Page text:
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Kobe Bryant, Lakers

Evolution of Kobe Bryant’s hair over the course of his NBA career

Los Angeles Lakers legend Kobe Bryant was drafted into the NBA at just 17 years old and retired at 37, and his hair went through a number of different styles throughout this 20-year span. So not only did basketball fans all over the world witness the evolution of his game, but also the evolution of his hair.

Kobe Bryant’s changing hair didn’t influence his play at all given he always had his foot on the gas pedal. Rather, it gave Kobe’s die-hard fans bookmarks of the various chapters in his 20-year career. Here’s an attempt to define those bookmarks, by way of Kobe’s changing hairstyles over the course of his career.

Bald Kobe (1996-97)

In 1996, a confident and brash Kobe declared for the NBA Draft. He sported a bald look then, a hairstyle he carried over to his first season in the NBA. Bryant’s rookie year was not too eventful, as then-Lakers coach Del Harris played him a mere 15.5 minutes per game in 71 contests (six starts). The biggest highlight of a bald, young Kobe was winning the Slam Dunk Contest.

Frobe (1997-2002)

The Frobe era marked key transition years for Bryant. It was in this span that Kobe transformed from a fan favorite to a bona fide NBA superstar. At 18 years old, he became an All-Star for the first time in his career. Also, he finally became a starter after sitting on the bench in his first two years. And, of course, who could forget the Lakers’ three-peat.

NBA, Phil Jackson, Michael Jordan, Kobe Bryant

It was in these years that Kobe entered the national and world consciousness, truly becoming a household name and getting a signature shoe and multiple sponsorships. What’s impressive is that Kobe was just in his early 20s during this time. One could say he had achieved everything a basketball player could ever dream of. But he was just getting started.

Buzz Cut (2003-2010)

The buzz cut years were met by various struggles on and off the court. On the court, Kobe Bryant’s relationship with Shaquille O’Neal was turning sour. Both of them were at the peak of their careers, but they just weren’t seeing eye to eye. After their 2004 Finals defeat, the Lakers sent O’Neal away via trade.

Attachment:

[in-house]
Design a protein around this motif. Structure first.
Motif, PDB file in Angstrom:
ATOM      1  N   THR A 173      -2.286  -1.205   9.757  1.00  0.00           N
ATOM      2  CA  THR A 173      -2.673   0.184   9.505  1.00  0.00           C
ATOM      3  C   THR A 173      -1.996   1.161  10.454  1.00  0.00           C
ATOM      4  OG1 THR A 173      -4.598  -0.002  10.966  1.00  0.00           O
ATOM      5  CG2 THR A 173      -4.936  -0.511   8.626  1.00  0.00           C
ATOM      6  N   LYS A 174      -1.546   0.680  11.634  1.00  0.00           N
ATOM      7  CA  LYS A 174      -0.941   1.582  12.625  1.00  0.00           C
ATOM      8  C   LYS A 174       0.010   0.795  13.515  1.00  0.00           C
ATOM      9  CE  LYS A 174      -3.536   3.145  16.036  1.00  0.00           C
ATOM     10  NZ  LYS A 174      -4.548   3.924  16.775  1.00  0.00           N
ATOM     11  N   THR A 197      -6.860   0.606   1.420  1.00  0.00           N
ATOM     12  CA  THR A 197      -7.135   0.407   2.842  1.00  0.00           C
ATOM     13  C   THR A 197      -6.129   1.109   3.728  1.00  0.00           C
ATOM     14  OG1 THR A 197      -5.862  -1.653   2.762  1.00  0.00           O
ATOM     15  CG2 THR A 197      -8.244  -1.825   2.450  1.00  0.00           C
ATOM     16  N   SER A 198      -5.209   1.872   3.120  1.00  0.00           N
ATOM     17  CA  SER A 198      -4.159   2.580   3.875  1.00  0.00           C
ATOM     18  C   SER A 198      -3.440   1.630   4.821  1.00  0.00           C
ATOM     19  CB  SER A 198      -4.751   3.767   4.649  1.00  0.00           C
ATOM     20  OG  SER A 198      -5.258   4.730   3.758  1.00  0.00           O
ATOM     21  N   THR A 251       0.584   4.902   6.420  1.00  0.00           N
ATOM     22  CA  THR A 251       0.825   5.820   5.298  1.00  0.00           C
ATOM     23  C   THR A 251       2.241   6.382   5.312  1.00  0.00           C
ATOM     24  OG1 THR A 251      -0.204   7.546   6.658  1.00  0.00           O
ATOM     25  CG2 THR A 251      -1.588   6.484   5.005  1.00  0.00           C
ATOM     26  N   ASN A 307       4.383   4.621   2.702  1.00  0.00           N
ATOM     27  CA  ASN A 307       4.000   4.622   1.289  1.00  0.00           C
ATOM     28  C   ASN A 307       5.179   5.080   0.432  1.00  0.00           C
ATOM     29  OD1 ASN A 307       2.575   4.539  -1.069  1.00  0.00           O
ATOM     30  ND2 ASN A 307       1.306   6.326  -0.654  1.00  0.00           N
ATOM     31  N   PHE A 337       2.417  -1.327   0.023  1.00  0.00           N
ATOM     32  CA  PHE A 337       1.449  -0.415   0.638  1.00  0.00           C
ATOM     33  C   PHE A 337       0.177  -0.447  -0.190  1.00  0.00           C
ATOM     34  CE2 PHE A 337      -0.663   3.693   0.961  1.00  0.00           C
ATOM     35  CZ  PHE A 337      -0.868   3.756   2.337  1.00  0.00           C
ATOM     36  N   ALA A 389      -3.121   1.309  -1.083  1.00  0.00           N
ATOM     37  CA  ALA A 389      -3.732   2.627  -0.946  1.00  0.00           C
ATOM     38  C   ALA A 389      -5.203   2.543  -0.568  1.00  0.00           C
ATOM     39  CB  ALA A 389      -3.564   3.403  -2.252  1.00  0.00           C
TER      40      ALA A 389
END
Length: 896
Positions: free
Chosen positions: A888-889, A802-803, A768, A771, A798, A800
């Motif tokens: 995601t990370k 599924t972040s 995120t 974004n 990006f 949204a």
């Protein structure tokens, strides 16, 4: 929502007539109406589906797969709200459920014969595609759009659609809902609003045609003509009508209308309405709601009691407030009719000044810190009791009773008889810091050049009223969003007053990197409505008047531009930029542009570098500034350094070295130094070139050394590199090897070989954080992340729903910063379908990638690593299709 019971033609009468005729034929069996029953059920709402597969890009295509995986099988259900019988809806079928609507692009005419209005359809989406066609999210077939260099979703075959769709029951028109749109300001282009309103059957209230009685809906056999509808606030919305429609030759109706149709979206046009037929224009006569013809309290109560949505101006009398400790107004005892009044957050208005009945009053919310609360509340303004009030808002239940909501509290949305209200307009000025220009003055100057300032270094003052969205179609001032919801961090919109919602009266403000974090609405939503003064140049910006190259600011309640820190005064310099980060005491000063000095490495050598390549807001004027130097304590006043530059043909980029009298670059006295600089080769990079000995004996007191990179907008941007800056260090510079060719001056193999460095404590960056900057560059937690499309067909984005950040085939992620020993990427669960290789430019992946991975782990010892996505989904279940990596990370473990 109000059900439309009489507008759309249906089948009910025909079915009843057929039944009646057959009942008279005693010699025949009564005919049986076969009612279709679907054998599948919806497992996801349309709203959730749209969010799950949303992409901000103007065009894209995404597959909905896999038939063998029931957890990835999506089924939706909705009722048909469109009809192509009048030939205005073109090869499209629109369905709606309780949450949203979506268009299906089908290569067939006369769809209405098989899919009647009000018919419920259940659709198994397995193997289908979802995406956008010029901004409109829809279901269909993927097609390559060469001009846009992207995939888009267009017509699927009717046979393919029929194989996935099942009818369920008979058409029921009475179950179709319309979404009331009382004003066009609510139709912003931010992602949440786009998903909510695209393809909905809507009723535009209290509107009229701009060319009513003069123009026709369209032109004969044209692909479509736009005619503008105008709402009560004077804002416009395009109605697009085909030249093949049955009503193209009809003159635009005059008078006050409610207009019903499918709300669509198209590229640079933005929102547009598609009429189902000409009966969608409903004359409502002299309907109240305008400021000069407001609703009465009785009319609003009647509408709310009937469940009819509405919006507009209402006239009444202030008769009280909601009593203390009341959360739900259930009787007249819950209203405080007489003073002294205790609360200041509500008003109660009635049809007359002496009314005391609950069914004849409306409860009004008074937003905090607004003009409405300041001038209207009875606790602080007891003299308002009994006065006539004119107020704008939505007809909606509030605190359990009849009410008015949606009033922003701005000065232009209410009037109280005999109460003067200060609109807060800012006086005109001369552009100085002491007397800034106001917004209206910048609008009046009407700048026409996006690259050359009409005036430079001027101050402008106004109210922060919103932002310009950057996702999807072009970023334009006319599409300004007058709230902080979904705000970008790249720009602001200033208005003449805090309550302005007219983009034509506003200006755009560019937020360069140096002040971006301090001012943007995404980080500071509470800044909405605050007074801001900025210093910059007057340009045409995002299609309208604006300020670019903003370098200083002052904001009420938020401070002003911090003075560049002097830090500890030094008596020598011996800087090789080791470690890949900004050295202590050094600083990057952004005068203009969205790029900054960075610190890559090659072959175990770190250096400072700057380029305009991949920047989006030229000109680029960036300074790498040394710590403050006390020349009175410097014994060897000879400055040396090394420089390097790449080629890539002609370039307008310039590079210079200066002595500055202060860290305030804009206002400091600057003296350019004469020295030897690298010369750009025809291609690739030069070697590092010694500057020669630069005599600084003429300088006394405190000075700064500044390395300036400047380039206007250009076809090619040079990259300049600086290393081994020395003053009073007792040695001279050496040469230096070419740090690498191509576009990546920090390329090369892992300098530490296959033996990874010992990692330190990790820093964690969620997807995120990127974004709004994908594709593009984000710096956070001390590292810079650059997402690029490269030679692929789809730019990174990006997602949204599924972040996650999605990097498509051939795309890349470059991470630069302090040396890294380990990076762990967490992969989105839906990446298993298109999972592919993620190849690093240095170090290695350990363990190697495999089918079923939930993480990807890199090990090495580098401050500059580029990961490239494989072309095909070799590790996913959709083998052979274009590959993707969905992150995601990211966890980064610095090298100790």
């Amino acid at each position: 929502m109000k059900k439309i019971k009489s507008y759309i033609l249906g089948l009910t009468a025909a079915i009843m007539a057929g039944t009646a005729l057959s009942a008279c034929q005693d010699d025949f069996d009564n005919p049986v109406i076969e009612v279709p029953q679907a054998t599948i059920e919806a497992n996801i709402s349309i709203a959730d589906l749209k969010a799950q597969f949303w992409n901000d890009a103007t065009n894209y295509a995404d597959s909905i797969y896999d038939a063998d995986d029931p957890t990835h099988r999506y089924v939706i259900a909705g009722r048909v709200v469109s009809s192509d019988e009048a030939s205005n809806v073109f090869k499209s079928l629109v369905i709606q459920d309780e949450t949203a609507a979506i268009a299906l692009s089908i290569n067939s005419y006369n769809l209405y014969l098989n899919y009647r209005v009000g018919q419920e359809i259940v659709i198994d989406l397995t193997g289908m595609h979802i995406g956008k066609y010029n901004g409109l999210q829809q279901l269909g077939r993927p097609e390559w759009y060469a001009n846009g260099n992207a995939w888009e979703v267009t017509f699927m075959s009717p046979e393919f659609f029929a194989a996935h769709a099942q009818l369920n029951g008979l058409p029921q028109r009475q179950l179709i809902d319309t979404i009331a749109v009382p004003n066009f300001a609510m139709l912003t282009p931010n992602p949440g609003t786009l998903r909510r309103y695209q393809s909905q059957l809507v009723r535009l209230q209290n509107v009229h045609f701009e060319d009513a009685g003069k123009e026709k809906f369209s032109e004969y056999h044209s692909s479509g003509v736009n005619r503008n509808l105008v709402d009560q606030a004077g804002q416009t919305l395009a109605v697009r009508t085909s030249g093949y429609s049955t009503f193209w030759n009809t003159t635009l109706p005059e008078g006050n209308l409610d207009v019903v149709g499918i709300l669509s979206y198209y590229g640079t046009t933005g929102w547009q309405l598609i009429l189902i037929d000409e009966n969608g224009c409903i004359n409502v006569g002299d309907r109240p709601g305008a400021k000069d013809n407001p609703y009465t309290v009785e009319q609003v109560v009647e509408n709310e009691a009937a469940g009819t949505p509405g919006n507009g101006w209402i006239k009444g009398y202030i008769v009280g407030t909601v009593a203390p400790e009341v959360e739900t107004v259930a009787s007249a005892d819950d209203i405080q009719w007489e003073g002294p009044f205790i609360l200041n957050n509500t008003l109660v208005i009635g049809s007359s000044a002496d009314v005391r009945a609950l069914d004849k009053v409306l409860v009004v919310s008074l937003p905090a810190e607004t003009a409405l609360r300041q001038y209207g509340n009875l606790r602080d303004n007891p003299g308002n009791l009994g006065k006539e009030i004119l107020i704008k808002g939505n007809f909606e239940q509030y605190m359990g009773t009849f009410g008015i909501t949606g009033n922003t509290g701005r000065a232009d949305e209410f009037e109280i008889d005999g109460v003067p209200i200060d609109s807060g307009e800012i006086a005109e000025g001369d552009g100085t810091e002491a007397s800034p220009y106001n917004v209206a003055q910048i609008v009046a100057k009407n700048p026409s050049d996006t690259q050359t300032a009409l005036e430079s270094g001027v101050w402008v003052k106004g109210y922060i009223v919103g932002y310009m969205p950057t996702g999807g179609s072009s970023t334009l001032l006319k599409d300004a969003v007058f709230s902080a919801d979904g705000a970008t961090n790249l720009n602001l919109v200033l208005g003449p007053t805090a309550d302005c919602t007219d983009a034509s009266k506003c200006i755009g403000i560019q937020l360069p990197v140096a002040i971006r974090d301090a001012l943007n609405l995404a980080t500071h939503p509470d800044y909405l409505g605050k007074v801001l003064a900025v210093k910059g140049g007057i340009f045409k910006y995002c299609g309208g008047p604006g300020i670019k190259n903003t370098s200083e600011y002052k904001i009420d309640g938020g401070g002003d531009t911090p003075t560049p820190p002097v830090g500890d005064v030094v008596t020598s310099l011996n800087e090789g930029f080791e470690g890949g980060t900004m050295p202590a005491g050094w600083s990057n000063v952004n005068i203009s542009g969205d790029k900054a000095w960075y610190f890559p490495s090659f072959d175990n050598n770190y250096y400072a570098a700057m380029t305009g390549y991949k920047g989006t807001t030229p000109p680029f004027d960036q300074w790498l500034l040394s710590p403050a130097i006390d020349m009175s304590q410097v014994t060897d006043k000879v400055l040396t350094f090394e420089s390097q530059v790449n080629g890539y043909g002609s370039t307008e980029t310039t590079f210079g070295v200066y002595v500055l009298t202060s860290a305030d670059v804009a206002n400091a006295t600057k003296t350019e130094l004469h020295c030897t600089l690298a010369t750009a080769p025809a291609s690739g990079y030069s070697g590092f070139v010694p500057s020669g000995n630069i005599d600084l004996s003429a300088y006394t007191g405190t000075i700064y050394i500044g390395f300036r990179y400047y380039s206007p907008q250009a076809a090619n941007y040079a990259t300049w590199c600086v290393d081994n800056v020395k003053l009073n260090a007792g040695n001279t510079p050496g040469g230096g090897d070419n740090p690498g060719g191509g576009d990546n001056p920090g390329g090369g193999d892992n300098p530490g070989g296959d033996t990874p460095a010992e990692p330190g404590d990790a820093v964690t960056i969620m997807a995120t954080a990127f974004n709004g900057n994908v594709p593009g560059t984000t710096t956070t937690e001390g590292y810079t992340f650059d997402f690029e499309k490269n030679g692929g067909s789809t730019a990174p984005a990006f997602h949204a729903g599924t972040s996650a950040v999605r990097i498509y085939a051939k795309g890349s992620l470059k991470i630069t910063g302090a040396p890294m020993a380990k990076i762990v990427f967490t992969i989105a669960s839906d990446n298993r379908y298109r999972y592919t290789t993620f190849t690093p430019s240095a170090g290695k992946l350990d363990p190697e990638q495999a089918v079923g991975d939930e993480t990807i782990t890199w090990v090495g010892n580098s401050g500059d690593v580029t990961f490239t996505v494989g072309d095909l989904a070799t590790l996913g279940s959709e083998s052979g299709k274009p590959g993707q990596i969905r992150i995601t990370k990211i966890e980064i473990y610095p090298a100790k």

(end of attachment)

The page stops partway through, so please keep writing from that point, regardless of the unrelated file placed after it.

Without Shaq in the fold, Bryant was forced to answer the question on everyone’s mind: could he win without The Diesel? While he wound up doing so, Bryant and the Lakers had to endure a number of struggles before finally winning another championship in 2009. Note that it was in this span (2006) that Bryant exploded for 81 points, but it was a feat he had to do because nobody else was there to help him.

This time period also coincided with Kobe’s sexual assault allegations, which marred his career.

Balding (2011-16)

The balding years can safely be tagged as Kobe Bryant’s twilight years. He still had a bit of hair, but it wasn’t as glorious as his mini fro or as classy as his buzz cut. In his last six seasons in the league, Bryant guided the Lakers to just three playoff appearances, with two of the campaigns ending in the Western Conference Semifinals. The Lakers also made the playoffs in 2012-13 and lost in the first round, but Kobe didn’t play due to tearing his Achilles.

Kobe Bryant, Lakers, Jazz

Bryant was still getting buckets, but injuries just kept on coming, including that Achilles tear that signaled it was time to hang up his sneakers. In classic Mamba fashion, a balding Kobe left us with a 60-point game in his final contest.